This article explains how to route traffic between Vultr VPCs. This feature is called VPC Peering.
A Vultr Virtual Private Cloud (VPC) is a private network that connects two or more cloud servers in the same Vultr location.
Here's an example scenario:
Alice is a Vultr customer that needs to replicate data between two web servers. She prefers to do this through a VPC for privacy and to reduce her bandwidth charges.
Alice also has two database servers with similar requirements, so she set up a second VPC for her database servers. She named her VPCs LAX1 and LAX2. Her network now looks like this:
VPCs are entirely private, even from each other. Neither of Alice's VPCs can see the other's traffic, so her web and database servers must connect over the public internet. This isn't ideal for privacy or bandwidth.
VPC peering routes traffic between two VPCs. You can establish VPC peering within the same account or between accounts.
Because both of Alice's VPCs are in the same location, she can use VPC peering to connect them like this:
Now her web servers can communicate with the databases privately without any risk of bandwidth overage charges.
Bob wants to connect his web servers to Alice's databases. They have different accounts, but they are both in Los Angeles.
They exchange their network information and create a VPC peering connection like this:
Vultr's VPC peering creates some exciting new capabilities. Now that we've demonstrated the high-level concepts, let's learn how it works.
The subnets in both VPCs must be compatible with RFC1918. The valid IP ranges are:
When you create a VPC peering connection, a requester initiates the connection request to an accepter, who approves or denies the request. When you set up a VPC peering within the same account, you are the accepter and the requester.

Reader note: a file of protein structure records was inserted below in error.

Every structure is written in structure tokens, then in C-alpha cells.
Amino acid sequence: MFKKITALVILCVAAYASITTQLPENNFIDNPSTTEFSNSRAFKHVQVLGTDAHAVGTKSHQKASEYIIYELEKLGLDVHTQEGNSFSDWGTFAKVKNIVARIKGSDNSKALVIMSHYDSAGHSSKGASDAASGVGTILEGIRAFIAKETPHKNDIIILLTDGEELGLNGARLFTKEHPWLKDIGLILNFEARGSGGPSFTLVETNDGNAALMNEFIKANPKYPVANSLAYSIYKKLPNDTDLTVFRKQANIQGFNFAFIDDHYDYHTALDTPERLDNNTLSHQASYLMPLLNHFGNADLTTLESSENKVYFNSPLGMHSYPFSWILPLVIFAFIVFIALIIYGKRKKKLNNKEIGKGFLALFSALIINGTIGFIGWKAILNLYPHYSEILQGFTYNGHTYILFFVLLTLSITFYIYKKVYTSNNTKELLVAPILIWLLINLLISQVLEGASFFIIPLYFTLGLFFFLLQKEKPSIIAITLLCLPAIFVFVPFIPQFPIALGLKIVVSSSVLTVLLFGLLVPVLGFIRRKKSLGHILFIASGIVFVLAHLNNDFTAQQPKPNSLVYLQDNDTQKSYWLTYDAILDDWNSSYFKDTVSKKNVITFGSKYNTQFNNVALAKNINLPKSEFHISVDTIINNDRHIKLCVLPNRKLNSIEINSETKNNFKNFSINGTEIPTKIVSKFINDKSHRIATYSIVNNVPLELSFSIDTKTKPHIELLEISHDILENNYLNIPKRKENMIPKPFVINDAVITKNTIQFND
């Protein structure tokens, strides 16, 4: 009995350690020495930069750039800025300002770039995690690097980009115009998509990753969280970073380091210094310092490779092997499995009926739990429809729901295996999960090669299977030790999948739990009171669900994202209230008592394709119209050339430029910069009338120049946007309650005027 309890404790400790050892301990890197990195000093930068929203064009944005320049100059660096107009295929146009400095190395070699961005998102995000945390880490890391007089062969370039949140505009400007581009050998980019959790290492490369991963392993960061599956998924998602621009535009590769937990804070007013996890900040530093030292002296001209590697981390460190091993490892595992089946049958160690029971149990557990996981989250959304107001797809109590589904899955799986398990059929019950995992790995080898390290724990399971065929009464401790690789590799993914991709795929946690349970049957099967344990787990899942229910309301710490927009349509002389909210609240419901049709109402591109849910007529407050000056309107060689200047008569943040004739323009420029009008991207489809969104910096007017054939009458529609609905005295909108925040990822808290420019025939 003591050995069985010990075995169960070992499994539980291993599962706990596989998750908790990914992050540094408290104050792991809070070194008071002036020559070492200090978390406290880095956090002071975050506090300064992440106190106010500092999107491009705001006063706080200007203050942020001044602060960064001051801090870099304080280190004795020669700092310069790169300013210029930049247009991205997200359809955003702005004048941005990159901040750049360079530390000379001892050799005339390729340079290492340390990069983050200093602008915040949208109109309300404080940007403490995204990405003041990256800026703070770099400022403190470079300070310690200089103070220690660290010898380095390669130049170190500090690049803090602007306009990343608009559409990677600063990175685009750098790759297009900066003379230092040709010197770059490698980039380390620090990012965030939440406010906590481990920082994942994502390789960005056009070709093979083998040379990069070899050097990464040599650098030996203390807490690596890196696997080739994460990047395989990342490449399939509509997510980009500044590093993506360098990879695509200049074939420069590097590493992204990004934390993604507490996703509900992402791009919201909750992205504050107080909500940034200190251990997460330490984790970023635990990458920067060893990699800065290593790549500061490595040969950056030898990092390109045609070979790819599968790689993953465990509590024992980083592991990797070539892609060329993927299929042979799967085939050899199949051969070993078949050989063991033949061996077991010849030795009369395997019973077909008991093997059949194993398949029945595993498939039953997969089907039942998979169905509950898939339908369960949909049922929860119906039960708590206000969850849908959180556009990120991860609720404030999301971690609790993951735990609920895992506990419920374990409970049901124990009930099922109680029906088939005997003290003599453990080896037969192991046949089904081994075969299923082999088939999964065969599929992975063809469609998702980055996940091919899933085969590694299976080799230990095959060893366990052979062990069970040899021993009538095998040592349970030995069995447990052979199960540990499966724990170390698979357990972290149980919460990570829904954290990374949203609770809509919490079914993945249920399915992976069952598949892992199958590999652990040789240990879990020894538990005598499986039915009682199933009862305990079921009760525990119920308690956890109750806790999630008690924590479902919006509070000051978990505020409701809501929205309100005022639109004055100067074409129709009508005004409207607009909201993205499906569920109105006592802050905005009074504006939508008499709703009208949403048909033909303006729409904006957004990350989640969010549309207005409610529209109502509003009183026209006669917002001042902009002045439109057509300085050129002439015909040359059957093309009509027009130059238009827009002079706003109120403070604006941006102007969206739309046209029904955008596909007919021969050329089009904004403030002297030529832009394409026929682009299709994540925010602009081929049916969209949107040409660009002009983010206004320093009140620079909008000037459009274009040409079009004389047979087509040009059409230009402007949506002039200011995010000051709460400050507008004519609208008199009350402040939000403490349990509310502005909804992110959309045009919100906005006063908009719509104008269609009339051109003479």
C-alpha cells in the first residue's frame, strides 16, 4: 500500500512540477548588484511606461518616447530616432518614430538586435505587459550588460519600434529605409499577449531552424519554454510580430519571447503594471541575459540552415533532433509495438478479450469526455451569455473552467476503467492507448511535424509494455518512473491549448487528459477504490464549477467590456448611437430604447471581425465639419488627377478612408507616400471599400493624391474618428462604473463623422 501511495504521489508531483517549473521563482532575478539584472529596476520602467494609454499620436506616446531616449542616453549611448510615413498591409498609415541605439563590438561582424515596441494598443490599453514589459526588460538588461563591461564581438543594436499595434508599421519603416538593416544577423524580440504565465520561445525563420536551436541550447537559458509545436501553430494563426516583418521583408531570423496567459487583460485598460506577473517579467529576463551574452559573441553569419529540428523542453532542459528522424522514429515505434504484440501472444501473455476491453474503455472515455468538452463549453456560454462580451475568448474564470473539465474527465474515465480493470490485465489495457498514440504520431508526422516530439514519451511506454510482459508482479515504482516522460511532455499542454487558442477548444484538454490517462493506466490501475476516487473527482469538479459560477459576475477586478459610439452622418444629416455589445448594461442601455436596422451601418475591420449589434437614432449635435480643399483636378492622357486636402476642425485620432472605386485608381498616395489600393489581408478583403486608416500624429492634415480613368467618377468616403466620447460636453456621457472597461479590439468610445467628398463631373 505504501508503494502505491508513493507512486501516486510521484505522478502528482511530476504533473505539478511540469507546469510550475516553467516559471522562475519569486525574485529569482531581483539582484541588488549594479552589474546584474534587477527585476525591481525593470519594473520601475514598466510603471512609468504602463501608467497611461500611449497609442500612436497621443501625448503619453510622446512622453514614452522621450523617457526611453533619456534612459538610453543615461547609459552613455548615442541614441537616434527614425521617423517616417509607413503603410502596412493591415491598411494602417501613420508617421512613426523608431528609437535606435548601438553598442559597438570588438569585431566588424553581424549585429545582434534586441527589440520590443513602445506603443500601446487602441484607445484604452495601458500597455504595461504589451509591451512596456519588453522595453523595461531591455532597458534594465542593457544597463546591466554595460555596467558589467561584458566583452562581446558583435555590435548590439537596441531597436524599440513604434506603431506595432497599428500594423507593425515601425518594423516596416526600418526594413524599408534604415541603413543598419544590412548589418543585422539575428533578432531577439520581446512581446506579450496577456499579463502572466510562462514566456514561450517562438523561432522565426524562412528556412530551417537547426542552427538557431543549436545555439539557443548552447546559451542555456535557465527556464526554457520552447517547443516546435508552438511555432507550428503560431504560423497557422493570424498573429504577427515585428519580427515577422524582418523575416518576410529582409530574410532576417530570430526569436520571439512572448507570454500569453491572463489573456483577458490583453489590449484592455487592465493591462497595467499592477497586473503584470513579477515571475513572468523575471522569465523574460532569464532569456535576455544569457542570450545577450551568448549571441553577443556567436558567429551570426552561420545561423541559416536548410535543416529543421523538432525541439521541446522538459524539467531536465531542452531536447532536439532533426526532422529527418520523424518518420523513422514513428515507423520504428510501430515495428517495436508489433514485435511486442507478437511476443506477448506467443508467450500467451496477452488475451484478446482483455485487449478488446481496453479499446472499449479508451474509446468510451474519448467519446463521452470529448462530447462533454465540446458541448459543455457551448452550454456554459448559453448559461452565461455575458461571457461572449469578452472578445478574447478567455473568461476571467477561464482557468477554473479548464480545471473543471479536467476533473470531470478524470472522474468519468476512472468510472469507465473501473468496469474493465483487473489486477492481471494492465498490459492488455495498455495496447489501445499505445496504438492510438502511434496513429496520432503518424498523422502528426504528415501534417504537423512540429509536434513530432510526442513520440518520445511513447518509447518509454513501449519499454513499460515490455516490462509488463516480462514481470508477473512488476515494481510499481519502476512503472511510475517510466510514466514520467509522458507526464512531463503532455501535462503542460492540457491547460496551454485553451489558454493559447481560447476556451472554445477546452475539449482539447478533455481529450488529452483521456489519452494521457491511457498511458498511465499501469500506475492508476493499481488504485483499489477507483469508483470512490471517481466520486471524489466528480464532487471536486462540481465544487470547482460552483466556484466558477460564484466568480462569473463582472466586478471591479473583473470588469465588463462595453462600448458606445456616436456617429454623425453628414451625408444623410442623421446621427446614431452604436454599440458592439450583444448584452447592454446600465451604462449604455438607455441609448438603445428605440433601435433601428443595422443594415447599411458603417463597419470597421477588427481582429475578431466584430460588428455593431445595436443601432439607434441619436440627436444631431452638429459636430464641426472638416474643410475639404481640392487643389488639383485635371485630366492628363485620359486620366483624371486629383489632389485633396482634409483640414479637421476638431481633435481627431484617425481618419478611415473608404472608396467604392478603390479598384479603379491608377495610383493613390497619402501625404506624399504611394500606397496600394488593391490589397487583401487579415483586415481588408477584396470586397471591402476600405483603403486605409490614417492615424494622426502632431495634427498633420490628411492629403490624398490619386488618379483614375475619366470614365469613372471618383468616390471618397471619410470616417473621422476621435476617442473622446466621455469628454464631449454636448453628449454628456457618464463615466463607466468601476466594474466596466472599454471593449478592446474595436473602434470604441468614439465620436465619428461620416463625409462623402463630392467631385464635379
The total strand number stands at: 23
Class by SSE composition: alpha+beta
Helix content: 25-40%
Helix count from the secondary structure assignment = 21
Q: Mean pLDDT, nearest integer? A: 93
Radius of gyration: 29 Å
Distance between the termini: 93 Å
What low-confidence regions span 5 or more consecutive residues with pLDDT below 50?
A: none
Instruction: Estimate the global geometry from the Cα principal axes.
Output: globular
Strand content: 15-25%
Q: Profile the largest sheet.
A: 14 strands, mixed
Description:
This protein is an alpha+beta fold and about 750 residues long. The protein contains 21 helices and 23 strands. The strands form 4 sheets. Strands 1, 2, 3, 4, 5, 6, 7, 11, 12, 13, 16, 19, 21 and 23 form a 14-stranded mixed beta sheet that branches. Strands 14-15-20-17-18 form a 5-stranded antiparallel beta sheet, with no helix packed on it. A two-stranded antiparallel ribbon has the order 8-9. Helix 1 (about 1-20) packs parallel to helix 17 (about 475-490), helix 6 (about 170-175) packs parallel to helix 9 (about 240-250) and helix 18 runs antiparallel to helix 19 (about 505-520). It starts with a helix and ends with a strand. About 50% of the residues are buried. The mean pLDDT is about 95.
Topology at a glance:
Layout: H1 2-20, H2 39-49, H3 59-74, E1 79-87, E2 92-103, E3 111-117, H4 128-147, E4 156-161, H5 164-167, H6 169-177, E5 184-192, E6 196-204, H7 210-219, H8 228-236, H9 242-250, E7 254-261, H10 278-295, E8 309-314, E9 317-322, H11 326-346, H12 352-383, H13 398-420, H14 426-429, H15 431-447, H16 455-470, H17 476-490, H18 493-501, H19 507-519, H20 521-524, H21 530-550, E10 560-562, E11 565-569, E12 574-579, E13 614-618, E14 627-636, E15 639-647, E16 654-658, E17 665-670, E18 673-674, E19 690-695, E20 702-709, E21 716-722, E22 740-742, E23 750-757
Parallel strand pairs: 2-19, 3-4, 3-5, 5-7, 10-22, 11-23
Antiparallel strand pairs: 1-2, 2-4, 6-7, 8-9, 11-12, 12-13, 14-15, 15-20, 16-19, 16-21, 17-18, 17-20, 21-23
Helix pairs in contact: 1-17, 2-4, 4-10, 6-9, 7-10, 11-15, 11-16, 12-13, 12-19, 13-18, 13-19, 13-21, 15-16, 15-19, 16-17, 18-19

Here's how Alice creates the connection between LAX1 and LAX2, step-by-step.
She enters the VPC connection request by filling out this form.
Alice clicks Request Connection to start the process, which puts the VPC peering connection in Pending status.
Alice clicks the edit icon to view the request. It looks like a pencil. Because Alice is both the requester and the accepter, she sees both sides of the request.
If Alice decides to cancel the request, she can click either Cancel Request or Deny. In this case, they both mean the same thing.
Because Alice wants to proceed, she clicks Accept, and the connection begins provisioning. In a couple of minutes the status changes to Active, and the process is complete.
When Alice wants to end the peering connection, she navigates back to the connection page and clicks Close this Connection.
To create a VPC peering connection between accounts, the requester account initiates a request to the accepter account, who can approve or deny the request.
Here's how Alice and Bob create their VPC peering connection, step-by-step.
Bob enters the VPC connection request:
Bob clicks Request Connection, which puts the VPC peering connection in Pending status until Alice accepts the request.
While waiting for Alice to accept, Bob has the option to cancel the request.
Alice can Accept or Deny the request.
Alice clicks Accept, and the connection begins provisioning. In a couple of minutes the status changes to Active, and the process is complete.
Either Alice or Bob can end VPC peering by clicking Close this Connection.
If your operating system uses the latest cloud-init, you do not need any manual configuration when attaching a server to your VPC. Vultr pre-loads the newest version of cloud-init for these operating systems:
If you use a different operating system, you must add a persistent route that forwards your subnet's traffic to the VPC's gateway.
The VPC gateway is always the
.1IP address of your VPC subnet.
For example, if your VPC's subnet is
10.10.10.0/20, then your gateway is
If you need to add routes manually, please see the documentation for your operating system. You may also find these articles helpful: